What’s it like to work in a small company? The majority of companies fall into the category of ‘small and medium sized enterprises’ (SMEs), so ignore them at your peril ! My previous blog gave three tips on how to find them, this time I’m highlighting the career of a Product and R&D Manager working in a small company based in Sweden. Copied from my careers book – which showcases 19 other career stories – you’ll see that flexible working practices, a creative attitude and a ‘flat’ management style make them an attractive option for many researchers:
When you work for a small company it is important to be flexible and to be able to take on a number of diverse roles to keep the company developing so it retains an advantage in the market. A small company faces greater risks than a larger one so a versatile attitude is essential. I was taken on in order to utilise my expert knowledge in plant science which I gained during the course of my research. Although I have many roles to play within the company it is communicating with researchers as well as coming up with new ideas and being able to see them through to a final product which I enjoy most.
When my postdoctoral position was coming to an end I applied for a research grant which was rejected and I knew this was a turning point in my career; I made a conscious decision to leave research and move into industry. It seemed an easy decision at the time – I had started to become slightly frustrated with research and was thinking of a career where I could still use my plant science training but where I would see more immediate and tangible results with obvious utility and application. I wrote around 10 – 12 companies to find out what they were doing as part of my job search. As it happened my current company was considering employing an expert to help develop the company so my email arrived with perfect timing and I was offered a job which has since become my own, i.e. I have been able to steer the job and take ownership of it.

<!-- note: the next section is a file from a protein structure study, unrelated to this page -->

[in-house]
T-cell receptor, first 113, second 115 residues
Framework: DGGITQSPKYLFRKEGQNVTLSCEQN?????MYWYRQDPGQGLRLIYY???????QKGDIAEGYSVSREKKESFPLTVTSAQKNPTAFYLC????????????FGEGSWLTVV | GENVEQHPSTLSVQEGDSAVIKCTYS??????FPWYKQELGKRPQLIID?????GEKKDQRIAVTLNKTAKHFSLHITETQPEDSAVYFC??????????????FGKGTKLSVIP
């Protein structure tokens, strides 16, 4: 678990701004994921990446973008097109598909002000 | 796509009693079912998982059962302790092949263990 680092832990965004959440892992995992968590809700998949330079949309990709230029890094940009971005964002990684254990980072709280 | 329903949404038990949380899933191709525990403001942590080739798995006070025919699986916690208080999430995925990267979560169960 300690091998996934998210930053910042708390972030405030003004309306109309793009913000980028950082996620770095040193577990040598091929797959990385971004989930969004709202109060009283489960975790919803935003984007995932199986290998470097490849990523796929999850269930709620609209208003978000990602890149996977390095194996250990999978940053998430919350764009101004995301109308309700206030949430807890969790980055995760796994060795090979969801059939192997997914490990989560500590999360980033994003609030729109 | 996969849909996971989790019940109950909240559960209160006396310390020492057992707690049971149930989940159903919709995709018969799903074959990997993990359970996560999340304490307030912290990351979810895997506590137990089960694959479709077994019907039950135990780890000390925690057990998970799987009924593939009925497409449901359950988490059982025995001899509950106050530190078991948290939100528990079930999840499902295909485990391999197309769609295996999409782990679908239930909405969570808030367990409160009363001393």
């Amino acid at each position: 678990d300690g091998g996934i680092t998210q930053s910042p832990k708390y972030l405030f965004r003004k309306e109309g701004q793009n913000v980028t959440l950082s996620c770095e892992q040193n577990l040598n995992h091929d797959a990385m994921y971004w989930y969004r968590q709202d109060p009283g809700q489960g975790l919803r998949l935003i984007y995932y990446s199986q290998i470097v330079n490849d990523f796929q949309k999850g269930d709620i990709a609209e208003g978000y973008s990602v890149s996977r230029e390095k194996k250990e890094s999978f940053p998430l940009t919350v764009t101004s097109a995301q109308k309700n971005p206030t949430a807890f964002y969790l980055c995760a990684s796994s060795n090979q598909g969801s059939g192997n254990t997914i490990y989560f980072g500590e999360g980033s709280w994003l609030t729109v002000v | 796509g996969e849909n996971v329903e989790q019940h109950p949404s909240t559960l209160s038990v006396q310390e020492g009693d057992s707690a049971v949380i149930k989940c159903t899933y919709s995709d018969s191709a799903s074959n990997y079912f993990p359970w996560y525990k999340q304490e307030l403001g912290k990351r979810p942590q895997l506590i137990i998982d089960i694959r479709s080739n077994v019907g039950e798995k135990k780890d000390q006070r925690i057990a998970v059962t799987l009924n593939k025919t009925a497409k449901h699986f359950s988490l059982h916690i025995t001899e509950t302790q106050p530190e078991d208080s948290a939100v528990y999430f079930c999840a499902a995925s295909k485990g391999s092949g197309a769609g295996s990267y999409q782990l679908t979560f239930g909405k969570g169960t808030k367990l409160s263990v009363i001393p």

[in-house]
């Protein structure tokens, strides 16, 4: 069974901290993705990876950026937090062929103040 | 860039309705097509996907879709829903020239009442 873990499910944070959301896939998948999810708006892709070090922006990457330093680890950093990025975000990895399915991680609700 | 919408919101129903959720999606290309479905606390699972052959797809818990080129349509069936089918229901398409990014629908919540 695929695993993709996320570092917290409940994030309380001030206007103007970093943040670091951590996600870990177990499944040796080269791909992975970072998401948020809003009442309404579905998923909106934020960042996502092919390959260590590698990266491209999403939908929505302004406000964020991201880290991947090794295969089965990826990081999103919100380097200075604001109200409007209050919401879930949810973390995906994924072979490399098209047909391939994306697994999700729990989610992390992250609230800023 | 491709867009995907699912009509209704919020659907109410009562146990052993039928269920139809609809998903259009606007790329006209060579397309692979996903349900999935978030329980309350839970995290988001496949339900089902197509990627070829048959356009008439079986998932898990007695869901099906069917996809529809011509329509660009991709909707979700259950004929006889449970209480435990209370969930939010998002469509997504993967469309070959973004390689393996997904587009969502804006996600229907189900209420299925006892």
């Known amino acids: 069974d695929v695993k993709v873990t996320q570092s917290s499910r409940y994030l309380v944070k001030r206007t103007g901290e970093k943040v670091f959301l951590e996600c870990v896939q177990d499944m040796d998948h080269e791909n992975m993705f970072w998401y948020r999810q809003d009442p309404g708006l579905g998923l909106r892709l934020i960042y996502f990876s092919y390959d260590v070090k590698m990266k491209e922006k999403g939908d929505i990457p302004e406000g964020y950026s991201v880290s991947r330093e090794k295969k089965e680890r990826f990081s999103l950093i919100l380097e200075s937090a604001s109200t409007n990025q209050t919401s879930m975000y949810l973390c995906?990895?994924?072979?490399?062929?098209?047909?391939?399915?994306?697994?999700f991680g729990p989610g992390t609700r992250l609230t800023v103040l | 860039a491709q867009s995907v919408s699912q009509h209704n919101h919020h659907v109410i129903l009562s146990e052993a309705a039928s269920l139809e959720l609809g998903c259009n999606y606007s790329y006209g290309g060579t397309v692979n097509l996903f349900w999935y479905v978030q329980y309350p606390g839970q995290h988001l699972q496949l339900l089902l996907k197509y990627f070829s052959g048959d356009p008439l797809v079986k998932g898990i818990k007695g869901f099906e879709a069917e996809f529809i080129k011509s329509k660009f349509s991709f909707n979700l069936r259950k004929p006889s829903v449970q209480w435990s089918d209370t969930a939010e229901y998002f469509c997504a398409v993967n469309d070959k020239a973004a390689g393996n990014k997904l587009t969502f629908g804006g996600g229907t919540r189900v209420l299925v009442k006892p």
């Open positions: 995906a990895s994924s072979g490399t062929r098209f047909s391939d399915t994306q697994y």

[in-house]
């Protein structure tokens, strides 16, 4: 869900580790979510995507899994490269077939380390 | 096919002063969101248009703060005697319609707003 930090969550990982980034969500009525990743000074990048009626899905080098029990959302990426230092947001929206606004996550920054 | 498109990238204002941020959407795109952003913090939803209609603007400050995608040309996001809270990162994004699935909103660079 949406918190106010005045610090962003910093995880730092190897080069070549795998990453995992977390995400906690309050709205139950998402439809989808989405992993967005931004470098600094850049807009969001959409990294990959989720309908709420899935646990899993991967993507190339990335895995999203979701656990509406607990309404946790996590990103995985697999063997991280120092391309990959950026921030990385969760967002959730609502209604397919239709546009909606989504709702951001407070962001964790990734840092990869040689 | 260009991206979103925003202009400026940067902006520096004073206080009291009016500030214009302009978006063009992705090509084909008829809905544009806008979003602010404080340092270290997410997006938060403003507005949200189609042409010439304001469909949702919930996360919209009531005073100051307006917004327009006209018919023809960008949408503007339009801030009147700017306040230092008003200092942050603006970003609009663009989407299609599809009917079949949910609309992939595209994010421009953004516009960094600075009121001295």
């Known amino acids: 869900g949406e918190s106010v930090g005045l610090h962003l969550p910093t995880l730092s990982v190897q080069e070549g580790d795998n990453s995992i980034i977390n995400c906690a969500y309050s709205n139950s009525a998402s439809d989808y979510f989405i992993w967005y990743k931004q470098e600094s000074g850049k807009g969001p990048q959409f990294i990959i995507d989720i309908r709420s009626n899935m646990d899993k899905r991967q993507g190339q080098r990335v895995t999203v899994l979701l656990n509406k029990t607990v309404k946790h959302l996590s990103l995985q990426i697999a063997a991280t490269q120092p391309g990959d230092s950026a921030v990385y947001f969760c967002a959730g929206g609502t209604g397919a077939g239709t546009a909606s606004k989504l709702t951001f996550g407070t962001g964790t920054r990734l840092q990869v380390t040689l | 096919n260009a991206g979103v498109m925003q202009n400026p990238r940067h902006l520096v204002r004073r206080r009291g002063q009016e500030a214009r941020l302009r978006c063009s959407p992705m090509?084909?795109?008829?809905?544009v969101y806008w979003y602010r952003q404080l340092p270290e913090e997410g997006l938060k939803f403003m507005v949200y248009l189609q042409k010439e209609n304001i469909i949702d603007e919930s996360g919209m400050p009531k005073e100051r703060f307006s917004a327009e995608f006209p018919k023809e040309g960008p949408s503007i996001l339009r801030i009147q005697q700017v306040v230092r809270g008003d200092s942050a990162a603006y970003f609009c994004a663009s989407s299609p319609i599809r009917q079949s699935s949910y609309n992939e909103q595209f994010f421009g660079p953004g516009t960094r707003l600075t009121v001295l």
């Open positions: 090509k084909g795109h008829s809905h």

Many people consider small companies to be a bit risky and target large ones instead. Whilst there’s nothing wrong with working in a large company, it doesn’t suit everyone and may feel restrictive to some. For me, I like autonomy and being able to see my ideas right through to the end product. I also like the close-knit team in which I work and the sense that we are ‘all in it together’. My advice to those thinking about small companies would be to search out those with around 5 – 30 employees, preferably with a forward-thinking boss. If you do approach companies in the way I did, my advice is to come at it from the side rather than head-on; that is, enquire about the work of the company which gives you more scope for an opening rather than asking for a job directly which could be turned down flat with no room to negotiate further.
Also, don’t be afraid to show who you really are when you approach companies or when you attend interview. If you aren’t your genuine self and pretend, for example, to be knowledgeable or capable of everything you may come across as being false. The important thing is to have the right can-do attitude which will instil confidence into a company director who will be relying on your input far more than a company of thousands.
Generally speaking, small companies cannot afford to employ people who can’t be adaptable and turn their hand to a range of tasks. That’s not to say you would be expected to be able to do anything and everything; I would not be able to programme a computer but I can offer extra input in marketing and advertising, others may be able to assist with the technical or financial side, for example. Dedication and commitment is crucial!